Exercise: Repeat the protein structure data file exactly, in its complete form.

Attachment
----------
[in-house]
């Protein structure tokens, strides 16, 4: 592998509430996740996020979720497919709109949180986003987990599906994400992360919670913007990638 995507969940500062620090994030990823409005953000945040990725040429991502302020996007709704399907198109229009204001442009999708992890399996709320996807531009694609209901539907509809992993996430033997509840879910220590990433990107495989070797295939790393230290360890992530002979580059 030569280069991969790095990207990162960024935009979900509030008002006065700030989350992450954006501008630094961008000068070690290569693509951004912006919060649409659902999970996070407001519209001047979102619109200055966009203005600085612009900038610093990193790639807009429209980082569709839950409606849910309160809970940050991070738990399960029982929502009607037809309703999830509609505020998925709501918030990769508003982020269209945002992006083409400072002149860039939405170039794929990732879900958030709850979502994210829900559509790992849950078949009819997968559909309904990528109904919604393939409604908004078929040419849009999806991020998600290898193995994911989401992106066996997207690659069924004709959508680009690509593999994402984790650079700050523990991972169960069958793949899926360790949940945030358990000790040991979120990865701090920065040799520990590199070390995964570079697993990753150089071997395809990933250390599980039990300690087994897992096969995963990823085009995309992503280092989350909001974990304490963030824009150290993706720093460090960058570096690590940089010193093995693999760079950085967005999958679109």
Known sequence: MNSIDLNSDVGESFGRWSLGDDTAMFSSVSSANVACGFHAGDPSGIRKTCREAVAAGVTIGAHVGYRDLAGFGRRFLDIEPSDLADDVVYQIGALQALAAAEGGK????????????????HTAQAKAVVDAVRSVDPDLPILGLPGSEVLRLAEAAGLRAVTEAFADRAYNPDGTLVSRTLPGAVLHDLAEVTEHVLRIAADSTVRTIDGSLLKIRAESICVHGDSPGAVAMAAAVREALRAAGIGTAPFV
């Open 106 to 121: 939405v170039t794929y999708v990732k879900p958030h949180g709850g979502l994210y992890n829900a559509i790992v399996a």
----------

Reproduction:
[in-house]
């Protein structure tokens, strides 16, 4: 592998509430996740996020979720497919709109949180986003987990599906994400992360919670913007990638 995507969940500062620090994030990823409005953000945040990725040429991502302020996007709704399907198109229009204001442009999708992890399996709320996807531009694609209901539907509809992993996430033997509840879910220590990433990107495989070797295939790393230290360890992530002979580059 030569280069991969790095990207990162960024935009979900509030008002006065700030989350992450954006501008630094961008000068070690290569693509951004912006919060649409659902999970996070407001519209001047979102619109200055966009203005600085612009900038610093990193790639807009429209980082569709839950409606849910309160809970940050991070738990399960029982929502009607037809309703999830509609505020998925709501918030990769508003982020269209945002992006083409400072002149860039939405170039794929990732879900958030709850979502994210829900559509790992849950078949009819997968559909309904990528109904919604393939409604908004078929040419849009999806991020998600290898193995994911989401992106066996997207690659069924004709959508680009690509593999994402984790650079700050523990991972169960069958793949899926360790949940945030358990000790040991979120990865701090920065040799520990590199070390995964570079697993990753150089071997395809990933250390599980039990300690087994897992096969995963990823085009995309992503280092989350909001974990304490963030824009150290993706720093460090960058570096690590940089010193093995693999760079950085967005999958679109």
Known sequence: MNSIDLNSDVGESFGRWSLGDDTAMFSSVSSANVACGFHAGDPSGIRKTCREAVAAGVTIGAHVGYRDLAGFGRRFLDIEPSDLADDVVYQIGALQALAAAEGGK????????????????HTAQAKAVVDAVRSVDPDLPILGLPGSEVLRLAEAAGLRAVTEAFADRAYNPDGTLVSRTLPGAVLHDLAEVTEHVLRIAADSTVRTIDGSLLKIRAESICVHGDSPGAVAMAAAVREALRAAGIGTAPFV
């Open 106 to 121: 939405v170039t794929y999708v990732k879900p958030h949180g709850g979502l994210y992890n829900a559509i790992v399996a």